João Martins Pisco, professor and chair, Department of Radiology, Lisbon, Portugal, and one of the pioneers of the procedure, tells Interventional News about his personal experience with prostatic artery embolization.
What are the indications for prostatic artery embolization?
The indications for prostatic artery embolization are patients with benign prostatic hyperplasia and moderate-to-severe symptoms without response to medical treatment for at least six months, with prostate larger than 40cc, with IPSS (International Prostate Symptoms Score) equal or superior to 18 and quality of life equal or greater than three and prostate larger than 40cc. The exclusion criteria are malignancy, advanced atherosclerosis and bladder or stone diverticulae.
Many patients are asymptomatic and they do not need any treatment. The most frequent symptoms are: lower urinary tract symptoms (LUTS), such as higher urinary frequency particularly at night (nocturia), decreased, hesitant, interrupted urinary stream, urinary urgency and leaking.
What are the advantages of the procedure?
The advantages are that it is an outpatient procedure (patients go home four to eight hours after), morbidity is low, there is no sexual dysfunction, no bleeding, no urinary incontinence, no pain, no need for further medical treatment, no scar, no limitation for the procedure concerning prostate volume and local anaesthesia.
TURP can be performed only in patients with prostate smaller the 60–80cc, but embolization can be performed even if the prostate is larger than 200cc.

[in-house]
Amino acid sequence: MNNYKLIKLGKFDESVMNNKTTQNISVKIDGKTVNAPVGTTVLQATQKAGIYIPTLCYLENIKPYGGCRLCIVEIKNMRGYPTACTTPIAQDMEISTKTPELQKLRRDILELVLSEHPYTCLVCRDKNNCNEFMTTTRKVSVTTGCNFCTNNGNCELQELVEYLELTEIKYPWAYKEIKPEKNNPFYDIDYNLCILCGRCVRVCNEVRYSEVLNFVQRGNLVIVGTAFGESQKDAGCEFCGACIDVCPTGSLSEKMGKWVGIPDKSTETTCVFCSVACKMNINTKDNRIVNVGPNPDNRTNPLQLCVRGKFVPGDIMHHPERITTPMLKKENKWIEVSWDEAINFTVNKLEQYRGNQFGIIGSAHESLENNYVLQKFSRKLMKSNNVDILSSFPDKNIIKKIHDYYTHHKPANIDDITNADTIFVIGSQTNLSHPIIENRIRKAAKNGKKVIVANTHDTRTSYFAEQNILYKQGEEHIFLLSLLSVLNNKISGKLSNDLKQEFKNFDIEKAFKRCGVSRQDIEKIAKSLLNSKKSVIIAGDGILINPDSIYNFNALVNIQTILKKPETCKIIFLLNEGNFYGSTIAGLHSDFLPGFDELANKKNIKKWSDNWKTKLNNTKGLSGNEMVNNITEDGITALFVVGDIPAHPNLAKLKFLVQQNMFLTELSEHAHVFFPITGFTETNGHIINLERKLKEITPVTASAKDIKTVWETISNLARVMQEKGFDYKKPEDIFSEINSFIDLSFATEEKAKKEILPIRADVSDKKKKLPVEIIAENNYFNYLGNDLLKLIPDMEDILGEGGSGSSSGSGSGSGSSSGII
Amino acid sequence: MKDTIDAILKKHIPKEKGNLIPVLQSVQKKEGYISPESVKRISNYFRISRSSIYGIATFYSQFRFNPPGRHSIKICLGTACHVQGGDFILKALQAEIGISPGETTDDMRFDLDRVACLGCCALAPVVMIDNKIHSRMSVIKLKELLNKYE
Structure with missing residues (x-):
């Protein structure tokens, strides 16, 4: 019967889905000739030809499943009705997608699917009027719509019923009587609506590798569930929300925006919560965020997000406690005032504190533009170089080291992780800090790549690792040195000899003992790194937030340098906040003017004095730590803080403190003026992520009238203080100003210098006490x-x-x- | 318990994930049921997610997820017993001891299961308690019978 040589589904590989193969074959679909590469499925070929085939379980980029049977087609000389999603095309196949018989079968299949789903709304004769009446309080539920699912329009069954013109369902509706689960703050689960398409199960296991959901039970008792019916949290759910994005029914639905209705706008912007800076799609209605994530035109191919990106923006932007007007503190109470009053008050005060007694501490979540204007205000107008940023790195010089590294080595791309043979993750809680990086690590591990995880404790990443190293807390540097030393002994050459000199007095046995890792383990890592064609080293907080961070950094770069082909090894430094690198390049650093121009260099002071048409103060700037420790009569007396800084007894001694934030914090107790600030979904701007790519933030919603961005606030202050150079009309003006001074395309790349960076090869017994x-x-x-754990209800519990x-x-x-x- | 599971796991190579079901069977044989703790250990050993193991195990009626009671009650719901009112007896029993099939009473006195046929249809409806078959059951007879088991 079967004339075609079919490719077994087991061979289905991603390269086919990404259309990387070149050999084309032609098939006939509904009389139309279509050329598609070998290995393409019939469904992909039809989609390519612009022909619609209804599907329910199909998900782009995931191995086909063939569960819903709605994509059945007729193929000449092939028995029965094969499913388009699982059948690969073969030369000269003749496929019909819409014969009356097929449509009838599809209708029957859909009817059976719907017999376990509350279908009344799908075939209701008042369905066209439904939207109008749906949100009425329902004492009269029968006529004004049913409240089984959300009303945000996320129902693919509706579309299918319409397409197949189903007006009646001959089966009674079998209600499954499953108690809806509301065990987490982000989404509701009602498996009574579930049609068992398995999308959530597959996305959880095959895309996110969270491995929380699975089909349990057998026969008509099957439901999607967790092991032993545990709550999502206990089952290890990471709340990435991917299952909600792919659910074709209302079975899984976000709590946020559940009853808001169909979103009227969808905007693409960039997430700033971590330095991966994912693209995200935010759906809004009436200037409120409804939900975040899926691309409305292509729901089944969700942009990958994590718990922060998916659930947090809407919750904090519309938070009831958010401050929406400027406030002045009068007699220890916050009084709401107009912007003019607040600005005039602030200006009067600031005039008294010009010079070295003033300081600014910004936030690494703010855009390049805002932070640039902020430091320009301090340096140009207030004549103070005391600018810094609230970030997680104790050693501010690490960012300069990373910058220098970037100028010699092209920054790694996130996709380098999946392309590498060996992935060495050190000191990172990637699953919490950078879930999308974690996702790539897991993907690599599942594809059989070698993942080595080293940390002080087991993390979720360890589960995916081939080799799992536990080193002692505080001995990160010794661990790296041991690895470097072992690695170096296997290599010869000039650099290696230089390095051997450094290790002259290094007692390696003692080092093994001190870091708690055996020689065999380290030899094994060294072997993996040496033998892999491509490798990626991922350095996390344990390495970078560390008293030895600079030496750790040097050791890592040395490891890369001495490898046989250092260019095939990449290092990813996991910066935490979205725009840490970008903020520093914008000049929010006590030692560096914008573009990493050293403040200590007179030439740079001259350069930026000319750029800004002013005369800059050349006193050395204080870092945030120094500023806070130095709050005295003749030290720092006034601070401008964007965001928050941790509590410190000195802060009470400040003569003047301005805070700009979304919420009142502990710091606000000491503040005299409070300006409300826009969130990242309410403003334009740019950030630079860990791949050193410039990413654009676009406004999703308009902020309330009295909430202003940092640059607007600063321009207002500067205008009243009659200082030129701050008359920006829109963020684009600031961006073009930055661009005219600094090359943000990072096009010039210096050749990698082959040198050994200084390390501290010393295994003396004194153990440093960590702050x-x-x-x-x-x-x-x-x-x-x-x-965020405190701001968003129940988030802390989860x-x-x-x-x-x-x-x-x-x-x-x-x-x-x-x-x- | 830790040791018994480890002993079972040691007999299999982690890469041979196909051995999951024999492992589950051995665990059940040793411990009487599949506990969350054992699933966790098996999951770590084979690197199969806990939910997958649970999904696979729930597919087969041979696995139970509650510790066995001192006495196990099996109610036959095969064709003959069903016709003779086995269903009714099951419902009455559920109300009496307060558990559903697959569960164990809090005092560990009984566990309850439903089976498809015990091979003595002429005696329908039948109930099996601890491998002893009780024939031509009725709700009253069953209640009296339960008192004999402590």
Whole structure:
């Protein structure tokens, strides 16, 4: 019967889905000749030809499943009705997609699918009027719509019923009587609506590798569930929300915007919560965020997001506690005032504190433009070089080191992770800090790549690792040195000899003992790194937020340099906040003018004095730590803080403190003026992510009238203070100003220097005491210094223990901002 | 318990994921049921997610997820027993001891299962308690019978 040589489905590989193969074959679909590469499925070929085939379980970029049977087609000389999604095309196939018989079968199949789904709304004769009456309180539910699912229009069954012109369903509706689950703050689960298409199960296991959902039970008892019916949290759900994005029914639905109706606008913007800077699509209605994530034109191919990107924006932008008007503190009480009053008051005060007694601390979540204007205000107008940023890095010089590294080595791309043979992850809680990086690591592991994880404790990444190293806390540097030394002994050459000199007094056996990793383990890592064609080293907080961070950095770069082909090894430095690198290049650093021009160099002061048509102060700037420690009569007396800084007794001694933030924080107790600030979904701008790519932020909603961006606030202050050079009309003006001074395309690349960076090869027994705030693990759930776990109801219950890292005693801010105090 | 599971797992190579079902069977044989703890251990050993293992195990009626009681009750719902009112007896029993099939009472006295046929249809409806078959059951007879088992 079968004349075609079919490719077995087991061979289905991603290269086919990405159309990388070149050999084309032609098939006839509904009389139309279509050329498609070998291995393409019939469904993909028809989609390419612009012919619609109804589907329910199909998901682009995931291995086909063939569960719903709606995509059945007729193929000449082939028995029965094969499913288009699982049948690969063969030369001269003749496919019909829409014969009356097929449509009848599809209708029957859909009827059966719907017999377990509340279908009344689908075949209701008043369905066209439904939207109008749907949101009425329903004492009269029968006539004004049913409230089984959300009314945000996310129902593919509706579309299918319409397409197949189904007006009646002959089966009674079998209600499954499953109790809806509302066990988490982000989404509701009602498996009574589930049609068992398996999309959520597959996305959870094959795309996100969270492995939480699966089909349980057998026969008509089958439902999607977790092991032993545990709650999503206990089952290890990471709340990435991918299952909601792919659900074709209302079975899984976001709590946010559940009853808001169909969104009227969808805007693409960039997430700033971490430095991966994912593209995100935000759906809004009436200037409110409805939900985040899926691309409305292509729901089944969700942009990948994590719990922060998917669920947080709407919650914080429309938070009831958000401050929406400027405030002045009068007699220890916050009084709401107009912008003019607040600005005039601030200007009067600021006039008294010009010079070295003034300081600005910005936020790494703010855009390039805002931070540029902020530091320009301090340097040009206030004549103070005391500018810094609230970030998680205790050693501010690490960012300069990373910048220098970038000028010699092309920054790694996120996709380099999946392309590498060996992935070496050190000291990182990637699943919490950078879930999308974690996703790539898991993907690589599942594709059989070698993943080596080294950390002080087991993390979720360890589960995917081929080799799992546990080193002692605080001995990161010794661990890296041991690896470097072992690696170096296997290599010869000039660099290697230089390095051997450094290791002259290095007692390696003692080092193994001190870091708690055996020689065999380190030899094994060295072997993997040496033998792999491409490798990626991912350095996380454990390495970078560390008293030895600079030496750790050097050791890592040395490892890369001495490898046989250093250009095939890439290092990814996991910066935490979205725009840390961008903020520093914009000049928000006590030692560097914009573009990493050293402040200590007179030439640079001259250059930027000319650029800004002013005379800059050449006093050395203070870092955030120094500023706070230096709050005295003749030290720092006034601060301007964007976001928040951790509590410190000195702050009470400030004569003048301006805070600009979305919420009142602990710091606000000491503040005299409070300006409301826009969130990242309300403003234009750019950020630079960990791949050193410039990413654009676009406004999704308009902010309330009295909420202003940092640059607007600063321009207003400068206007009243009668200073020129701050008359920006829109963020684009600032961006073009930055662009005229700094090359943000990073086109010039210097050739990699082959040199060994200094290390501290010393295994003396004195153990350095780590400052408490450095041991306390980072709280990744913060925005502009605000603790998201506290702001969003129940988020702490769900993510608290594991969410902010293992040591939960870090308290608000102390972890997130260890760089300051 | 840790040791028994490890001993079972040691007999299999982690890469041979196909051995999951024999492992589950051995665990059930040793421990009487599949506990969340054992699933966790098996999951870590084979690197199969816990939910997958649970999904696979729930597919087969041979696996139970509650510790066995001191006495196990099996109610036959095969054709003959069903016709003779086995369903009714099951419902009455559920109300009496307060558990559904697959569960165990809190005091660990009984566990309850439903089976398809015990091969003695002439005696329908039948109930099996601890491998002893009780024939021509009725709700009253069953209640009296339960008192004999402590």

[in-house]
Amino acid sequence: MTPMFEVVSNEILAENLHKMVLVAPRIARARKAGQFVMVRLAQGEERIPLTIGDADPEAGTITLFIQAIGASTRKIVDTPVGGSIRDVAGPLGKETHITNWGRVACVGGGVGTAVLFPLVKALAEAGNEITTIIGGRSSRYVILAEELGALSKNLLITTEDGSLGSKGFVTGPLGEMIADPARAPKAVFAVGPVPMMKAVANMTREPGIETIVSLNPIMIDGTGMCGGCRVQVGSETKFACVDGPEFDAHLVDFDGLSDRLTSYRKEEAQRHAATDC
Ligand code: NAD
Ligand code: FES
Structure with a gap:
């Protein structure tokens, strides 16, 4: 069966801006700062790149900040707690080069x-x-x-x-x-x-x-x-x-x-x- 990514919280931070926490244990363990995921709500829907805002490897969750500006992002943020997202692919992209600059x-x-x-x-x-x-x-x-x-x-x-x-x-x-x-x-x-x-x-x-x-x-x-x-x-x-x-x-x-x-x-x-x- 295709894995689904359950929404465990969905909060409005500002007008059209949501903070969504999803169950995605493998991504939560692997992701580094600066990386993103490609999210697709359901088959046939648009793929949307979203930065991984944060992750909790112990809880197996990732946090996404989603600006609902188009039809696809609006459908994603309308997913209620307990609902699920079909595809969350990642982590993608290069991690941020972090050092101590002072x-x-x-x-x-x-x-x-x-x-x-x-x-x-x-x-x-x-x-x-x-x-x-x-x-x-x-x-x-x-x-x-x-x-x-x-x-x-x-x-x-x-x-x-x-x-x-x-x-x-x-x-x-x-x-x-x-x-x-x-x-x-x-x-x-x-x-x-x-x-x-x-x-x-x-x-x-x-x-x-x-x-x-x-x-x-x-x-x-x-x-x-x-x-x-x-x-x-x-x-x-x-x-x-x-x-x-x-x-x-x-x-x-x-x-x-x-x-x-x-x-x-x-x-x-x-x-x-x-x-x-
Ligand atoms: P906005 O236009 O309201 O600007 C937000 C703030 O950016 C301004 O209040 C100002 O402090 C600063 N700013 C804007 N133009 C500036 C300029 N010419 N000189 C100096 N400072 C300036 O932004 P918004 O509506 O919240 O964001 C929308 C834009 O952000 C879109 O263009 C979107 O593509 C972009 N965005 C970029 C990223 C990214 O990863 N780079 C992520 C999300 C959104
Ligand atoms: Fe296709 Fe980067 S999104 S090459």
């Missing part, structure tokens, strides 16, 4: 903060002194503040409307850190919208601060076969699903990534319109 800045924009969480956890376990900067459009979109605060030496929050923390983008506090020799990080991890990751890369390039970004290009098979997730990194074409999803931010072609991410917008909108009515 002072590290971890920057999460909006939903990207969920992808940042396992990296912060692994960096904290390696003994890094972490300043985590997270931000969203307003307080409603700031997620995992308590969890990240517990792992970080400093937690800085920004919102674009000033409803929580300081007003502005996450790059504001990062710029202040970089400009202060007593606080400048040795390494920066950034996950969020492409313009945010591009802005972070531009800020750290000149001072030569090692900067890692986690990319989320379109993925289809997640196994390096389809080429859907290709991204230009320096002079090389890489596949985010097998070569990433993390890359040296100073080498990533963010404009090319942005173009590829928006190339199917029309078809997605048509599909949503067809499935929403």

How many cases have you performed so far?
We have treated 232 patients.
What are the early results?
The initial results after the procedure are clinical improvement in about 85 to 90%. However, at one to 2.5 years there are about 10% of recurrences. Despite this some patients feel better than before the treatment. In order to obtain good results, it is important to critically select patients.
What are the possible complications with the procedure?
Most complications are related to catheter such as inguinal haematoma, bruise, arteriolar dissection and small artery rupture. Other complications also very rare and fewer than 10% are: urinary tract infection, haematuria, haemospermia, rectorrhagia, temporary urinary retention and balanoposthitis. We had only one major complication a case of bladder ischaemia that was treated by surgical removal without bladder reconstruction. To avoid urinary infection the patients should take an antibiotic before and after the procedure.
Where can interventional radiologists learn about the procedure?
The best way of learning the procedure is the observation in centres where the procedure is performed. The most important thing to bear in mind is the anatomy of the prostatic arteries and the arteries with anastomosis where embolization may lead to complications. For the purpose the patients should have a quality CT angiography before the procedure. With this information, some patients may be excluded. If they are selected to undergo the procedure, a careful approach should be taken concerning inguinal side to be punctured and catheters to be used.
What materials do you use?
The materials used are catheters, guidewire microcathers and the embolic agent. We have been using polyvinyl alcohol (100µm and 200µm).
João Martins Pisco will be speaking on the topic at GEST 2012 US.